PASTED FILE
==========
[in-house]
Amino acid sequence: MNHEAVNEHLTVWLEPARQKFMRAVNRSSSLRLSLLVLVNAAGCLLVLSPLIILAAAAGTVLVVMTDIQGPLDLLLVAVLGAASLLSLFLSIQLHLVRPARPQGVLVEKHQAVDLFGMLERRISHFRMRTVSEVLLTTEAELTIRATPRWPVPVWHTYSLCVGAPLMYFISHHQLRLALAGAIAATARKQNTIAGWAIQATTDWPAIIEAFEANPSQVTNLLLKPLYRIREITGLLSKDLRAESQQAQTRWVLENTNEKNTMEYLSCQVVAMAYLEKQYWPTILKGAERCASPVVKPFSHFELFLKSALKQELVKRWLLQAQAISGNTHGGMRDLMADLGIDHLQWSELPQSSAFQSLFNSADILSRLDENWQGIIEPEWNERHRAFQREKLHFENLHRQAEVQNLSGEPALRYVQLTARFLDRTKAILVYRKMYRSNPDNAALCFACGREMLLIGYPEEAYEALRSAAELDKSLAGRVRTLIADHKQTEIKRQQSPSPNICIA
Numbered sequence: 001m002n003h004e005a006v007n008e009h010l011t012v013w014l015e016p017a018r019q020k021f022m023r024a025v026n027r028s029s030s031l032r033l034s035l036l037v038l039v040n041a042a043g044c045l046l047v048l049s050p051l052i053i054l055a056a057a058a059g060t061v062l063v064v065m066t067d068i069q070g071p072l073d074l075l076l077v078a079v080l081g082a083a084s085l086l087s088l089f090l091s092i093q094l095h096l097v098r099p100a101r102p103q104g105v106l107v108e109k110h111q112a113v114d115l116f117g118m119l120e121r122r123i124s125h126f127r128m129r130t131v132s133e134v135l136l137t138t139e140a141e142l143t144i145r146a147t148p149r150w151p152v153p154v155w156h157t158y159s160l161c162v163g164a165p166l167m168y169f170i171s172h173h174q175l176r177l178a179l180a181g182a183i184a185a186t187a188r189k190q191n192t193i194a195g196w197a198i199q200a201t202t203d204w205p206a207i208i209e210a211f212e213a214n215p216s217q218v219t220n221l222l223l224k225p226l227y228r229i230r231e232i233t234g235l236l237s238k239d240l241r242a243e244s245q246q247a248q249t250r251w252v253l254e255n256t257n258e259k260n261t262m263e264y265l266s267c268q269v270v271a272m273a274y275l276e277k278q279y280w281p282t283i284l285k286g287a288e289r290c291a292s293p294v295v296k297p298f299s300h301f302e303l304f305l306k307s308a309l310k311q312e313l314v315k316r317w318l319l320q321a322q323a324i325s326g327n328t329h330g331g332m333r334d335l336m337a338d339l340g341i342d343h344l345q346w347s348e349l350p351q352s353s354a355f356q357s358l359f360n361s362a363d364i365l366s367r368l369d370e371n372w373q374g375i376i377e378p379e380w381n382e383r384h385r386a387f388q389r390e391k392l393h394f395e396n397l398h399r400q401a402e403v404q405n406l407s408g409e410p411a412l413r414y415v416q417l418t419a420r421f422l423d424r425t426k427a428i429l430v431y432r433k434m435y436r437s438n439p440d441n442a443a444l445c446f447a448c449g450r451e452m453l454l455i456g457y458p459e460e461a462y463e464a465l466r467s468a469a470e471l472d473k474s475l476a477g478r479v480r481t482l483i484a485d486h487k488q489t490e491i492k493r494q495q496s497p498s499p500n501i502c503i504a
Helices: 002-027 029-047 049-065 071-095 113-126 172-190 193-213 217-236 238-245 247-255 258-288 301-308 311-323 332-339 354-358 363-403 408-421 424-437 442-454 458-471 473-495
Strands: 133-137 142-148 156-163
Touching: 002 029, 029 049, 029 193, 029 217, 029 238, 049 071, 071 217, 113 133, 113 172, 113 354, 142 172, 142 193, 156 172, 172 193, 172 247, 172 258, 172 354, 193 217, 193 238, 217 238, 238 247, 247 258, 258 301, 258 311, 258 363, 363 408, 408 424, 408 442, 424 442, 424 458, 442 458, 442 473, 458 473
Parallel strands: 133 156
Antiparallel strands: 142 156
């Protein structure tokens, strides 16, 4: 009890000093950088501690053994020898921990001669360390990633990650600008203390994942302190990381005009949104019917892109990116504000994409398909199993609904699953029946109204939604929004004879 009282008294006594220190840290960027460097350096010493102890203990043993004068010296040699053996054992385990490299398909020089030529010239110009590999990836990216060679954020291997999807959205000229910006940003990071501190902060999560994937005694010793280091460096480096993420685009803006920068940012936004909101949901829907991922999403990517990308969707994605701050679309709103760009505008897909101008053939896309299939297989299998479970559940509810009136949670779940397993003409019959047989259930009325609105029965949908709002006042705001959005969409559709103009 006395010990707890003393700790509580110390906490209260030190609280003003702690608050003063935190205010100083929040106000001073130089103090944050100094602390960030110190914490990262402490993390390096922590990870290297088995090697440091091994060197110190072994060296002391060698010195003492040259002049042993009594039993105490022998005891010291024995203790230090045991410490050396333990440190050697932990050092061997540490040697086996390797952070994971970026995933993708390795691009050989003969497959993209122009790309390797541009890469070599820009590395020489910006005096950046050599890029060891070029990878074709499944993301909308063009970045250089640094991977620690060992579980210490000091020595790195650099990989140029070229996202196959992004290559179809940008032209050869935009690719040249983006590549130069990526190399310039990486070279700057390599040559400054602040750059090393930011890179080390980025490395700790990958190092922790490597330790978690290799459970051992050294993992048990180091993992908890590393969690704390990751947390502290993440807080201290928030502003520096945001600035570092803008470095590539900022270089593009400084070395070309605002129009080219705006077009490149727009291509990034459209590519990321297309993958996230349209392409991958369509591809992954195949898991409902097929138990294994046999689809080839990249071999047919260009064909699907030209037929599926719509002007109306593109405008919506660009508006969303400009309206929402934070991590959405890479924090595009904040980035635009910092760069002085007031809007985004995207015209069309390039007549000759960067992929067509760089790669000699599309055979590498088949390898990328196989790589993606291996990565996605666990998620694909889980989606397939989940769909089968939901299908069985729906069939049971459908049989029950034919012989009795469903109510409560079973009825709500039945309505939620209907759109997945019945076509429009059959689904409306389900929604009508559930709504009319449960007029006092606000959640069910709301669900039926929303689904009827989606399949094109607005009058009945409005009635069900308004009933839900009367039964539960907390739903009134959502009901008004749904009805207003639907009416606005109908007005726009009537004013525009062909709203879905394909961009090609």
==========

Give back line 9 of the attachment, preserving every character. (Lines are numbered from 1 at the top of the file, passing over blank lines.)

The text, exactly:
């Protein structure tokens, strides 16, 4: 009890000093950088501690053994020898921990001669360390990633990650600008203390994942302190990381005009949104019917892109990116504000994409398909199993609904699953029946109204939604929004004879 009282008294006594220190840290960027460097350096010493102890203990043993004068010296040699053996054992385990490299398909020089030529010239110009590999990836990216060679954020291997999807959205000229910006940003990071501190902060999560994937005694010793280091460096480096993420685009803006920068940012936004909101949901829907991922999403990517990308969707994605701050679309709103760009505008897909101008053939896309299939297989299998479970559940509810009136949670779940397993003409019959047989259930009325609105029965949908709002006042705001959005969409559709103009 006395010990707890003393700790509580110390906490209260030190609280003003702690608050003063935190205010100083929040106000001073130089103090944050100094602390960030110190914490990262402490993390390096922590990870290297088995090697440091091994060197110190072994060296002391060698010195003492040259002049042993009594039993105490022998005891010291024995203790230090045991410490050396333990440190050697932990050092061997540490040697086996390797952070994971970026995933993708390795691009050989003969497959993209122009790309390797541009890469070599820009590395020489910006005096950046050599890029060891070029990878074709499944993301909308063009970045250089640094991977620690060992579980210490000091020595790195650099990989140029070229996202196959992004290559179809940008032209050869935009690719040249983006590549130069990526190399310039990486070279700057390599040559400054602040750059090393930011890179080390980025490395700790990958190092922790490597330790978690290799459970051992050294993992048990180091993992908890590393969690704390990751947390502290993440807080201290928030502003520096945001600035570092803008470095590539900022270089593009400084070395070309605002129009080219705006077009490149727009291509990034459209590519990321297309993958996230349209392409991958369509591809992954195949898991409902097929138990294994046999689809080839990249071999047919260009064909699907030209037929599926719509002007109306593109405008919506660009508006969303400009309206929402934070991590959405890479924090595009904040980035635009910092760069002085007031809007985004995207015209069309390039007549000759960067992929067509760089790669000699599309055979590498088949390898990328196989790589993606291996990565996605666990998620694909889980989606397939989940769909089968939901299908069985729906069939049971459908049989029950034919012989009795469903109510409560079973009825709500039945309505939620209907759109997945019945076509429009059959689904409306389900929604009508559930709504009319449960007029006092606000959640069910709301669900039926929303689904009827989606399949094109607005009058009945409005009635069900308004009933839900009367039964539960907390739903009134959502009901008004749904009805207003639907009416606005109908007005726009009537004013525009062909709203879905394909961009090609």